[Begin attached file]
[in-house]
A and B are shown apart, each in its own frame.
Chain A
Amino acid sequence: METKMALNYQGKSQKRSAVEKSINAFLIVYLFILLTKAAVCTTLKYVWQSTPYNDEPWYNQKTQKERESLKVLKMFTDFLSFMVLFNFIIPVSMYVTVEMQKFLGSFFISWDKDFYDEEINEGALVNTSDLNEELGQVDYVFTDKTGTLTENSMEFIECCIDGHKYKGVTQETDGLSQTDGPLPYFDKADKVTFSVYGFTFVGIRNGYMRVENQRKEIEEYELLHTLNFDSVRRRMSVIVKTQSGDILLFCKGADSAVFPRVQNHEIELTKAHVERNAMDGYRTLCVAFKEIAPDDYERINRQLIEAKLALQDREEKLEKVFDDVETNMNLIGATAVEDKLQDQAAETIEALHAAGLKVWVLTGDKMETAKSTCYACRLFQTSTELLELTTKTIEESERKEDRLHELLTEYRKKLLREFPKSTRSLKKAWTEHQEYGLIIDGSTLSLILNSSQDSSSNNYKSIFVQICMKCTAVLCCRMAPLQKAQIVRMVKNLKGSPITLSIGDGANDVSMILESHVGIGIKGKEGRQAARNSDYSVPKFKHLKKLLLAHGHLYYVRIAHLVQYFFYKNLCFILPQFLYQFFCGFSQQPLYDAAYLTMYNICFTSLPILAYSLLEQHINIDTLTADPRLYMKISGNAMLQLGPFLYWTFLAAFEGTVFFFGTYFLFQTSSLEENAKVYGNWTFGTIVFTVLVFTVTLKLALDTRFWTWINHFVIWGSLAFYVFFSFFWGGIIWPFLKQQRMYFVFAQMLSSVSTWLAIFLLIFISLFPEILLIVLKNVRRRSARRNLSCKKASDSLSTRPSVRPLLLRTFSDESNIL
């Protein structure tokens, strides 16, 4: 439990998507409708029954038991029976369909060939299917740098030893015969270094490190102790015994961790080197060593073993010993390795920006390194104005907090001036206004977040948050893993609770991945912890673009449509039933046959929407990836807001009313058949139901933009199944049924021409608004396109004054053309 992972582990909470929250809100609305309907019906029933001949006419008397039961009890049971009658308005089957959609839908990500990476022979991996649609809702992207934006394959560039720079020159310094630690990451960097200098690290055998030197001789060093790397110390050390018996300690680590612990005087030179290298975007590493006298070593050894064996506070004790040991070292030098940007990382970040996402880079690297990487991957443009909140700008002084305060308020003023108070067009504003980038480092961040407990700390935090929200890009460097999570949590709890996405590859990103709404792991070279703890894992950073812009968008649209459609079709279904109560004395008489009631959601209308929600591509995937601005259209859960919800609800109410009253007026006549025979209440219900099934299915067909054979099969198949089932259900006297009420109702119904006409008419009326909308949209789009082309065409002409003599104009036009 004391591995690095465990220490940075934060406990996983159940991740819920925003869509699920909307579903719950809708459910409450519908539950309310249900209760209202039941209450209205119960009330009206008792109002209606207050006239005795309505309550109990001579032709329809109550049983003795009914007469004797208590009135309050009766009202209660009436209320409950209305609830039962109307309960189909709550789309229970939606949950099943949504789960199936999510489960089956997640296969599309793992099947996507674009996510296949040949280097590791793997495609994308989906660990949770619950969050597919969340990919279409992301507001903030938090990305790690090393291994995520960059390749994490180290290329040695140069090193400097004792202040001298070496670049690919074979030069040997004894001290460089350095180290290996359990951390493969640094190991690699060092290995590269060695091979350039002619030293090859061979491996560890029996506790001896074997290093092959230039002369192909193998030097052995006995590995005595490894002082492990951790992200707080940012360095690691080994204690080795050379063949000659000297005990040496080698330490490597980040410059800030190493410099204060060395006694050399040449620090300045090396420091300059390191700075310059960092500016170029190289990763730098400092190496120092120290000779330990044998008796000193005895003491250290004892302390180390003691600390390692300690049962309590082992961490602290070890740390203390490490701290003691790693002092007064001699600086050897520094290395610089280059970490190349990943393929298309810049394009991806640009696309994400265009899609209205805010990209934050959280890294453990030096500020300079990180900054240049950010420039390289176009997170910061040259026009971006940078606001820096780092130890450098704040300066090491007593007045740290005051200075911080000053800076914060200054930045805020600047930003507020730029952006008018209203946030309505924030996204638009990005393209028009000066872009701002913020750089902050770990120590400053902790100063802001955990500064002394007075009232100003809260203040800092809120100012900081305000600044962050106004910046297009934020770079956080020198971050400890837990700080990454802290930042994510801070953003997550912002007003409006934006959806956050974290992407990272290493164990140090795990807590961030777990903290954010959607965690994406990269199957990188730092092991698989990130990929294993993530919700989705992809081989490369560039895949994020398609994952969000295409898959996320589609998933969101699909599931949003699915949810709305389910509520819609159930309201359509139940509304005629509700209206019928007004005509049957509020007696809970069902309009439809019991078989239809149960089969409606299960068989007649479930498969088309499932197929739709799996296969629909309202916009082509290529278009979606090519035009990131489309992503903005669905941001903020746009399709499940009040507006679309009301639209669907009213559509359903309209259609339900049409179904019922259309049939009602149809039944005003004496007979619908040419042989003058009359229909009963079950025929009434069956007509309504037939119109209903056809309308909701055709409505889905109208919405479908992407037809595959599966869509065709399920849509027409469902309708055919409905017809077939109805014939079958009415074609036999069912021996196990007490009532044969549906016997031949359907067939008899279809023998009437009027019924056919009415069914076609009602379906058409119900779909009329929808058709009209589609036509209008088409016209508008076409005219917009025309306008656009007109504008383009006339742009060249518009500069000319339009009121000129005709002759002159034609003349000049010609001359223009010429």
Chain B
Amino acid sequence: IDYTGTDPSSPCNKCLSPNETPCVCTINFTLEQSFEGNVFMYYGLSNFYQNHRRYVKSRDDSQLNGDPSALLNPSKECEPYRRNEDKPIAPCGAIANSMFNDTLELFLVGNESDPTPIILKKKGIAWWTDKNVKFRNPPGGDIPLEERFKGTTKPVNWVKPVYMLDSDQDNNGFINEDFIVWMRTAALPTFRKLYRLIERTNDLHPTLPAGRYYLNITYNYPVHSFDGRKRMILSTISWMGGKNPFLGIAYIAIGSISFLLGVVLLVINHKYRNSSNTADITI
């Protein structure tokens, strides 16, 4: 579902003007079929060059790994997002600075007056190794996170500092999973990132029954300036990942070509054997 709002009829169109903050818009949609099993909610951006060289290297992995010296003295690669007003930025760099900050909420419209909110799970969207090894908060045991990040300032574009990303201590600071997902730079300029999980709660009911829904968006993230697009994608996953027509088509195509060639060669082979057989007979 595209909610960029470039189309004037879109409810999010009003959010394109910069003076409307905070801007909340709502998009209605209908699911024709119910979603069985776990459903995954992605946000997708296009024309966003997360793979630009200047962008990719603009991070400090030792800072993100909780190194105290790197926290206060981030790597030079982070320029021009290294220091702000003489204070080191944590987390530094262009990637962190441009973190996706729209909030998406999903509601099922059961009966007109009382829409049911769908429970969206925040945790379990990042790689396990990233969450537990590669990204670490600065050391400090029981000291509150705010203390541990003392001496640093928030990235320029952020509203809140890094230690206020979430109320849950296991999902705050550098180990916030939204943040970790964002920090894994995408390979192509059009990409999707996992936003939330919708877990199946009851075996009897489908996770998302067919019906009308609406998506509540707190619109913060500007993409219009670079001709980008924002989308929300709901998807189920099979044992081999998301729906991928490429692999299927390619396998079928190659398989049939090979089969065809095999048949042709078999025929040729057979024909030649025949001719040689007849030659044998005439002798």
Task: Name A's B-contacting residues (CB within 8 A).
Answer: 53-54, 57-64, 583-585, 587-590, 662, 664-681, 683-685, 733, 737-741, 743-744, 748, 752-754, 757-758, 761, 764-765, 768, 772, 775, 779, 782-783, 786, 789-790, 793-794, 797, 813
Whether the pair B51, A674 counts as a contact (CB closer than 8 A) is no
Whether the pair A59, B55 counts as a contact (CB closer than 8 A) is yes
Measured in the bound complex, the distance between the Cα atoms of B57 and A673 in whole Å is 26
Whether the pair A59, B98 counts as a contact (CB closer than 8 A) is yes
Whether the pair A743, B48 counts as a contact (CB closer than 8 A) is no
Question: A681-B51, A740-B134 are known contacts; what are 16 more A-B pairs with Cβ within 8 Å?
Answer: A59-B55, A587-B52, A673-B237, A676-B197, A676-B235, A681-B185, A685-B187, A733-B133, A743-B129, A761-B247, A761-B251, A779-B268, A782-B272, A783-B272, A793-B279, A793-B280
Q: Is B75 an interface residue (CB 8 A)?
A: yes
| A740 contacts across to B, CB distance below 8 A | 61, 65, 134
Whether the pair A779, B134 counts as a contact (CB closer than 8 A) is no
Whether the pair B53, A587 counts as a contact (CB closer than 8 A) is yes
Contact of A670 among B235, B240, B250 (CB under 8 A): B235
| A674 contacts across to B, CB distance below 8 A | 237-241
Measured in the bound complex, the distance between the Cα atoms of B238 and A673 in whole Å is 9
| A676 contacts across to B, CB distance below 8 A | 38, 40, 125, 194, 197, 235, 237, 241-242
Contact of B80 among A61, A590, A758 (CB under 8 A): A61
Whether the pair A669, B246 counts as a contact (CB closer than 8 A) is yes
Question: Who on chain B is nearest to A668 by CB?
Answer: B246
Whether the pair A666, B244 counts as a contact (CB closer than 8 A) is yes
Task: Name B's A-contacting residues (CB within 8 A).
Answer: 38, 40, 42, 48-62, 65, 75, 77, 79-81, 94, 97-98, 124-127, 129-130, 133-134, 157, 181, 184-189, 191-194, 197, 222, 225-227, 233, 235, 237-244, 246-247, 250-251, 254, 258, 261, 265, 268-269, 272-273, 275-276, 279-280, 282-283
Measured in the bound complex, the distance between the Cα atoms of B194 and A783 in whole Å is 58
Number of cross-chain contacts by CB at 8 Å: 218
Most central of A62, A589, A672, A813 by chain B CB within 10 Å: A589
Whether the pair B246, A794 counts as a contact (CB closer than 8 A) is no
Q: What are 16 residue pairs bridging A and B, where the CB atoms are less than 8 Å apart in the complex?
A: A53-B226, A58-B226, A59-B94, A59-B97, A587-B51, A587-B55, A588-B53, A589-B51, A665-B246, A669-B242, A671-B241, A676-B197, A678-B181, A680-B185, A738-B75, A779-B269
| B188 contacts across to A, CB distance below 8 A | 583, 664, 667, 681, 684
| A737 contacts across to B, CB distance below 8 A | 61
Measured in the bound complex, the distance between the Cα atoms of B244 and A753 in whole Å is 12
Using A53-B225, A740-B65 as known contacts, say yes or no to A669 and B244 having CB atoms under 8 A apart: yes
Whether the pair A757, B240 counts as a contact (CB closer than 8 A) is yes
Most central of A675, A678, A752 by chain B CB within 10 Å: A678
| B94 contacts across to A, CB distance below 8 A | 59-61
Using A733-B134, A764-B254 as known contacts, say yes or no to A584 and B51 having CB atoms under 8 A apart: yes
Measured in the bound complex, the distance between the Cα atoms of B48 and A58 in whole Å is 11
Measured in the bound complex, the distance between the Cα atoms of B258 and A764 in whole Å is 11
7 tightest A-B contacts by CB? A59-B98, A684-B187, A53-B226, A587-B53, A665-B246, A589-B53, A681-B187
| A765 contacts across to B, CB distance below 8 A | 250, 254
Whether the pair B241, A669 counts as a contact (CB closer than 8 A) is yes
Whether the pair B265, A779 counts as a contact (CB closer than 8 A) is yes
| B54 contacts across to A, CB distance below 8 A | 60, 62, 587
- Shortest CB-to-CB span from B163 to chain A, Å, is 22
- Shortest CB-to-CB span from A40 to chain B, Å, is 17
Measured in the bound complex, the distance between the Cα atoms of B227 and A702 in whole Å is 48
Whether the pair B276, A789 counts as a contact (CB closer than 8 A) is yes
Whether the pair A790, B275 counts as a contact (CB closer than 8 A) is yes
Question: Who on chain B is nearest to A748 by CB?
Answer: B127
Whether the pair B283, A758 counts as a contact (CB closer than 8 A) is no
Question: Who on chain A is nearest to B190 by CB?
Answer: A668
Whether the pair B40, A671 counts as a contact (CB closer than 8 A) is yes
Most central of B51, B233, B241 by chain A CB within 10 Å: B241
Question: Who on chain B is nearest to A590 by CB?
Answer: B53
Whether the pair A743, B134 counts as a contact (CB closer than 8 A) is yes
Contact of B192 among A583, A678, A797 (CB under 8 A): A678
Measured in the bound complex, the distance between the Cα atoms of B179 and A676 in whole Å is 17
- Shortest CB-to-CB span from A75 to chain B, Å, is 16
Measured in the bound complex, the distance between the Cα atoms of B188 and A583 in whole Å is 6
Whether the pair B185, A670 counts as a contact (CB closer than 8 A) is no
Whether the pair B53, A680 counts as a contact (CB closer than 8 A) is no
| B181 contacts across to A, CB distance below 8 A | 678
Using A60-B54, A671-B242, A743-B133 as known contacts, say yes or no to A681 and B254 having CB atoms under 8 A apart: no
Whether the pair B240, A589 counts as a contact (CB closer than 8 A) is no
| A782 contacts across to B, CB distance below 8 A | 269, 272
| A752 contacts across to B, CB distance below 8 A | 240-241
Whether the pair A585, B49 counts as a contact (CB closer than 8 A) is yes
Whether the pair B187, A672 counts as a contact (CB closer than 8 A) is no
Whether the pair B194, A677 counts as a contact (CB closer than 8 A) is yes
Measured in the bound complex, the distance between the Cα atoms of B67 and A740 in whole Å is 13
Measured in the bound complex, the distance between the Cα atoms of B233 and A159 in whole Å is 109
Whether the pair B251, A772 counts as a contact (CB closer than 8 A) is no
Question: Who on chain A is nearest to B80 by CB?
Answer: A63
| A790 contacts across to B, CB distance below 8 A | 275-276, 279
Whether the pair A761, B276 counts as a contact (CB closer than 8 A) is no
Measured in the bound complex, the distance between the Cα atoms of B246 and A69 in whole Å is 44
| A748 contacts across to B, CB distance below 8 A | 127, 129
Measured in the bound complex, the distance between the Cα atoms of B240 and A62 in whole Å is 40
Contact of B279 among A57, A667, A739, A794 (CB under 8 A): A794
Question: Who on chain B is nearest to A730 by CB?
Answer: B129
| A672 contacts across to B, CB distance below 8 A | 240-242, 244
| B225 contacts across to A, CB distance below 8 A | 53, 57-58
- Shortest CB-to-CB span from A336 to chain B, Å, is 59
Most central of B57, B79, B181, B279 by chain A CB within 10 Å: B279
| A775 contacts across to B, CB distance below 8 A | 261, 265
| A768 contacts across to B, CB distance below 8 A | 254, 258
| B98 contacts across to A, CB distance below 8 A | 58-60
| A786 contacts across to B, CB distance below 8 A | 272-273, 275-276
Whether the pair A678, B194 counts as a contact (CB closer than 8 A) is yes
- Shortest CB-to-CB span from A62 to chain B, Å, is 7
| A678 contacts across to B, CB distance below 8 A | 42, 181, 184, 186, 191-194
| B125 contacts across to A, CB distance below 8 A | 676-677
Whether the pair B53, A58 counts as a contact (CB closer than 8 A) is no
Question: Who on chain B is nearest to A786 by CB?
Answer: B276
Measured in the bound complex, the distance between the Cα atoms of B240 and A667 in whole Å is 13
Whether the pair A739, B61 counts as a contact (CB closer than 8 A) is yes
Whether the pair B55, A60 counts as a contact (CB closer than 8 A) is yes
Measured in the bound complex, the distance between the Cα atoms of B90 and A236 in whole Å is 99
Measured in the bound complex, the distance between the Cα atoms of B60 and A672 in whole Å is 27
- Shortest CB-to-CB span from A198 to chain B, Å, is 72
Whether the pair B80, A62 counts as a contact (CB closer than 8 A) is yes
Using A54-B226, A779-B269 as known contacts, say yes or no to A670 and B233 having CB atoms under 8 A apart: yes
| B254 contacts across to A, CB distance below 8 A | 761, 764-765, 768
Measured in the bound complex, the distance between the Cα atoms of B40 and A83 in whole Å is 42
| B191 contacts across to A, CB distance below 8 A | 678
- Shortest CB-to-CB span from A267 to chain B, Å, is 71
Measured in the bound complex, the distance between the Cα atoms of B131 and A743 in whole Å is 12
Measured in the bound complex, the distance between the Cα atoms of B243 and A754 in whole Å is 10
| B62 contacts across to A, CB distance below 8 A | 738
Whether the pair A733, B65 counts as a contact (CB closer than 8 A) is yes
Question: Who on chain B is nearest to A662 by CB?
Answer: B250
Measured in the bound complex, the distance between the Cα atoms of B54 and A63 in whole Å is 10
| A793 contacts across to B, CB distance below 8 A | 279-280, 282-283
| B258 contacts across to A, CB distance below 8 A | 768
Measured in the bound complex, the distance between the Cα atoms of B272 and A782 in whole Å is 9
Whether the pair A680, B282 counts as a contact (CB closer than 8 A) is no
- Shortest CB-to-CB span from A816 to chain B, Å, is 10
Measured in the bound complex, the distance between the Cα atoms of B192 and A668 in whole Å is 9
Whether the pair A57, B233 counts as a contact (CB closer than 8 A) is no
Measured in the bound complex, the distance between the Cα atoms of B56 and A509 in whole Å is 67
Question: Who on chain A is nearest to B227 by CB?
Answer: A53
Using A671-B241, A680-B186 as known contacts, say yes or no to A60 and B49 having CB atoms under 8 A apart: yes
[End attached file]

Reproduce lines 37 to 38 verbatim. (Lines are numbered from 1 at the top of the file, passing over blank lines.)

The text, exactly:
Whether the pair B246, A794 counts as a contact (CB closer than 8 A) is no
Q: What are 16 residue pairs bridging A and B, where the CB atoms are less than 8 Å apart in the complex?